Debunking the myth of samurai honor"Hara Kiri: Death of a Samurai" is another samurai movie by Takashi Miike which he made right after 13 Assassins and which is also a remake of a movie from the 1960s. It is a very different take on the samurai subject though in that it is less of an action movie and more of a bitter social drama that criticizes the hypocrisy of samurai culture in the Edo era.
Mostly told in retrospective, "Hara Kiri" is a story about a masterless samurai who requests a clan lord to allow him to commit ritual suicide on the lord's estate. The lord is suspicious though since such requests have become fashionable among poor samurai as a means to get alms. So the lord decides to make an example: instead of giving the samurai some money he forces him to actually kill himself in a ritual that turns out to be inhumanely agonizing. Two months later, another samurai arrives at the estate, with a similar suicide request. As a warning, the lord tells him about the fate of the poor wretch who died there earlier. But the man already knows about that. In fact, he knew the dead man very well, and he tells the lord the story of his life.
Major part of "Hara Kiri"is spent with the depiction of the poverty of the samurai's family. As your sympathy for him grows, you feel nothing but contempt for the lord and his hypocritical idea of honor, which is just as hollow as the armor suit exhibited at the center of his estate. However, while the display of poverty is crucial to establish the movie's moral, there is just too much of it for my taste. The beginning of "Hara Kiri" is strong and unnerving, but then it meanders in poverty melodrama for such a long time that its action packed last act actually feels out of place.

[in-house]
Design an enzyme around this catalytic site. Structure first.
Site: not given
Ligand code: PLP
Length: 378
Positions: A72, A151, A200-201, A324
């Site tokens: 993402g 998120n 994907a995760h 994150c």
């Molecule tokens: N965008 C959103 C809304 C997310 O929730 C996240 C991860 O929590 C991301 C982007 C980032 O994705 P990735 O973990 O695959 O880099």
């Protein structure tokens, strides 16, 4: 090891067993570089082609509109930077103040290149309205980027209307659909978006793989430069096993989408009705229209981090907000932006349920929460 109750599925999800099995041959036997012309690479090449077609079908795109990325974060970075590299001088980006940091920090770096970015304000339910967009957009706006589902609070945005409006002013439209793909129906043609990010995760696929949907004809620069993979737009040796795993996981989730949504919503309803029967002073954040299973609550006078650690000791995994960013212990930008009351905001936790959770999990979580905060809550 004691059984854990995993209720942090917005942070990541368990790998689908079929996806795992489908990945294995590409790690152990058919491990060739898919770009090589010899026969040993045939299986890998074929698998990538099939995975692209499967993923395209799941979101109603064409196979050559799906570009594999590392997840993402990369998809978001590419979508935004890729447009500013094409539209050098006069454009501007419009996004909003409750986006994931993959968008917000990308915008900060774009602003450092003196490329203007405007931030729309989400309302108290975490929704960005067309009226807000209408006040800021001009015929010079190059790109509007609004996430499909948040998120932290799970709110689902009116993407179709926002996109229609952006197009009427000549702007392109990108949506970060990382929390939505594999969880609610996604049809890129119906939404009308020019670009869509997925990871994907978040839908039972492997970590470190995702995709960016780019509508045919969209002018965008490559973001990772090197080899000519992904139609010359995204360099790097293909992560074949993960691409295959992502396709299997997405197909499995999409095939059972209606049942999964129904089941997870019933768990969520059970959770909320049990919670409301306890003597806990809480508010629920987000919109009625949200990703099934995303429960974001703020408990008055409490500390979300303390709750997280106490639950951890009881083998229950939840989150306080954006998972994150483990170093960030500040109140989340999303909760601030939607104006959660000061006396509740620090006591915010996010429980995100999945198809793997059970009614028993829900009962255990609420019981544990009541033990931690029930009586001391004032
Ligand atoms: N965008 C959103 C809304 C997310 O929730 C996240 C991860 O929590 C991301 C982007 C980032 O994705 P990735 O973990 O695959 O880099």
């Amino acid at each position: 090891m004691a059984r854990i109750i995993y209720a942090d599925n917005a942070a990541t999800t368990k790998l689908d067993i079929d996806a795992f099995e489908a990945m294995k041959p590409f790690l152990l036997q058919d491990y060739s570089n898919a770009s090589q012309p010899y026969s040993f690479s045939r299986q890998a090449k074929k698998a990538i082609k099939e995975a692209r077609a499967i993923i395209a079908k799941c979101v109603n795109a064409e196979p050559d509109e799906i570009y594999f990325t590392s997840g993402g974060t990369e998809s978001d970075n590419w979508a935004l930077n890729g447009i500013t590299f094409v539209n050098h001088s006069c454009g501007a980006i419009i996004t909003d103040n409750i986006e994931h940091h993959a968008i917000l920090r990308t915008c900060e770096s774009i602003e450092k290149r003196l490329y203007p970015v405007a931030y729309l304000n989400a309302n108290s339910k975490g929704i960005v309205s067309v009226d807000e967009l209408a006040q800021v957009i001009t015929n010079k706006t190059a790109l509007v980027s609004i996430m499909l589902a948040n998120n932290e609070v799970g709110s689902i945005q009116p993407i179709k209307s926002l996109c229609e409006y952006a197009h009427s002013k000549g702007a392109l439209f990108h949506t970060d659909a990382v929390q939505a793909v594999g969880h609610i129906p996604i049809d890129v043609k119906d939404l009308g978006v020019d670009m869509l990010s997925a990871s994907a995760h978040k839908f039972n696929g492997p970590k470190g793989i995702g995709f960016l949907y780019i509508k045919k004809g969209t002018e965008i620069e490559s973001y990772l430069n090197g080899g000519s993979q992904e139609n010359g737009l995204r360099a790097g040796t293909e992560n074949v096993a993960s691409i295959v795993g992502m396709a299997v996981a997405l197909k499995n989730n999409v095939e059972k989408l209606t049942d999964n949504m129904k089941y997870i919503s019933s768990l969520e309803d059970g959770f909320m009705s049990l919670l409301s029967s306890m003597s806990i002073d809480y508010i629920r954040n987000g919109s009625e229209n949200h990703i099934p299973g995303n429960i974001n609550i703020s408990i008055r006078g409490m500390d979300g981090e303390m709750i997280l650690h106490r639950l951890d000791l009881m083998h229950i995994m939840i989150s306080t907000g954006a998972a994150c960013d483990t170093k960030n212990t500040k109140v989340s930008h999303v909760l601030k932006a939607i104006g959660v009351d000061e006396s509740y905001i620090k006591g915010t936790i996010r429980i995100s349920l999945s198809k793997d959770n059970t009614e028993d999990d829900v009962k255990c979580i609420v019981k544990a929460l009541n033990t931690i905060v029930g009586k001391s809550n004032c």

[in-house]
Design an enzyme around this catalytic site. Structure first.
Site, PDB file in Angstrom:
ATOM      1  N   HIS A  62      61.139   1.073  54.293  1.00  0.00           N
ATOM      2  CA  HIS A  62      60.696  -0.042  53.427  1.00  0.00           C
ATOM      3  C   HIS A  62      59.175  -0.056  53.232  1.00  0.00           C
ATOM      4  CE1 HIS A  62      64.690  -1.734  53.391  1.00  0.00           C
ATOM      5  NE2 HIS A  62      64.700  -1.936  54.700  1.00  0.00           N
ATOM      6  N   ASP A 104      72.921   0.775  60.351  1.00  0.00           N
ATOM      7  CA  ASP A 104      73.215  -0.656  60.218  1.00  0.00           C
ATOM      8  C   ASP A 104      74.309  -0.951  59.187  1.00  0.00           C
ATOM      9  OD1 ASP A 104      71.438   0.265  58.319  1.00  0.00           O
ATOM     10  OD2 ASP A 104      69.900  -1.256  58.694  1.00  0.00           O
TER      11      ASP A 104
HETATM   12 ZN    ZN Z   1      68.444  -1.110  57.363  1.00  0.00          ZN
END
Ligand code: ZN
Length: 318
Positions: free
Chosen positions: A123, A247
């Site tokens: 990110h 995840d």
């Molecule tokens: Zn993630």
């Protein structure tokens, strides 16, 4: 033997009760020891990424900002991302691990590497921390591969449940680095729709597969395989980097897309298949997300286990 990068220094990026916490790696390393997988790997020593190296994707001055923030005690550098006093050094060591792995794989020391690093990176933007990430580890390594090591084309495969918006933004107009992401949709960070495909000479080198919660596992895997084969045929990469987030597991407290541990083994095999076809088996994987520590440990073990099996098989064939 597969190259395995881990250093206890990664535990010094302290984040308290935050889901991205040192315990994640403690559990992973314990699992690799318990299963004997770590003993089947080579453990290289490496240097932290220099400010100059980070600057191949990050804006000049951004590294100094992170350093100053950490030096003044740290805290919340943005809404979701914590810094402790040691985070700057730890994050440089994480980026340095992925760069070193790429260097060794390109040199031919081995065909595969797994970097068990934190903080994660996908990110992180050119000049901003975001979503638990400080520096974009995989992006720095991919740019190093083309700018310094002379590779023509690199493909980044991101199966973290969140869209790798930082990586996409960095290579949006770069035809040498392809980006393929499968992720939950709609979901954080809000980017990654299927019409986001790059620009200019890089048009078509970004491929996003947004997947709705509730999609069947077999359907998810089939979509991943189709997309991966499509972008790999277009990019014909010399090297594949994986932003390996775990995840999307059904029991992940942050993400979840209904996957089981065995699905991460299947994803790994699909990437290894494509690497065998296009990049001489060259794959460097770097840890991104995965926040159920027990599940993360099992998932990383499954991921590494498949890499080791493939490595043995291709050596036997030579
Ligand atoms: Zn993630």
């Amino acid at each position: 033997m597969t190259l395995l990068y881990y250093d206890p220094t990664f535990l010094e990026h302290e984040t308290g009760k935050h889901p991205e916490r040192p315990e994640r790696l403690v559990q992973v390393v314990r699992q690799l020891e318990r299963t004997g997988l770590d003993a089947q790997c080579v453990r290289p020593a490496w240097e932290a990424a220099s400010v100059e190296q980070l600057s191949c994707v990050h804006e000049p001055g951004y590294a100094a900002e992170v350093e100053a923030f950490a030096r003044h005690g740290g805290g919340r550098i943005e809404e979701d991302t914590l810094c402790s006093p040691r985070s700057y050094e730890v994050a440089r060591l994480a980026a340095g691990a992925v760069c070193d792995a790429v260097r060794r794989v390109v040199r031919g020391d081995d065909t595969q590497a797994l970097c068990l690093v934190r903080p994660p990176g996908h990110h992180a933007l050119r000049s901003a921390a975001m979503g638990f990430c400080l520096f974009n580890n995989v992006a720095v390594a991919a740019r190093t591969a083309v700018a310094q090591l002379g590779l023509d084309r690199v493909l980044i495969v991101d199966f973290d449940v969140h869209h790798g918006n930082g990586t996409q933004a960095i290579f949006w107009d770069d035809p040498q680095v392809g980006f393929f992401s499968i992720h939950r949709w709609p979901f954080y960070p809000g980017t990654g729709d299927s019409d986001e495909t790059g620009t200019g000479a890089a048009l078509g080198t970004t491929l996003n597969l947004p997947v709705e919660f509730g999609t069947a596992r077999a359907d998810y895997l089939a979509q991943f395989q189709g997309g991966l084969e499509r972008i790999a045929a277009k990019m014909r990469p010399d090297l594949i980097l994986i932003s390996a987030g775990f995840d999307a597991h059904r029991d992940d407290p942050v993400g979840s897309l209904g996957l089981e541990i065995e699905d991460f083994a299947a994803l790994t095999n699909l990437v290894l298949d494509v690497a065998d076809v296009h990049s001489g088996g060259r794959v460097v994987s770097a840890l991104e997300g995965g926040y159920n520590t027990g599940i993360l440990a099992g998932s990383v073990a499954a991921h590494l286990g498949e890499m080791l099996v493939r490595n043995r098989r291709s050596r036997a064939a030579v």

I have a hard time liking the movie since it is so bitter, but I still think that it is important since it contrasts Hollywood productions that mystify samurai honor, like "The Last Samurai" or the "Kill Bill" series. Or "Ghost Dog", which is about a killer living by the samurai code described in the Hagakure, which is a morbid book mystified in the West as some sort of esoteric business guide. Generally, there is a strong fascination in the West with Bushido, the samurai way of life, which is expressed by movies like the ones mentioned above. However, even the samurai code that the Hollywood movies claim to be based on is basically just a fabrication of the Edo era, which began with the 17th century. That era was way more peaceful than the previous ones, and it was the time when the samurai stopped being warriors and became a ruling class of government officials. Ironically, the more the samurai ceased to be warriors, the more they became obsessed with an idea of warriors' honor that actually hadn't much to do with the samurais' way of living during the previous millennium.
"Hara Kiri" plays in that era, and it is mentioned during the movie that most of the lord's samurai haven't actually fought in battle. The lord's hypocrisy isn't just a plot tool added to give the movie a villain. Rather, the movie appears to provide a fairly accurate description of the state of society at that time. Considering that, "Hara Kiri" is worth watching, so it's a pity that it loses so much momentum during the middle act.
Rating: 6 out of 10 chopped-off topknots.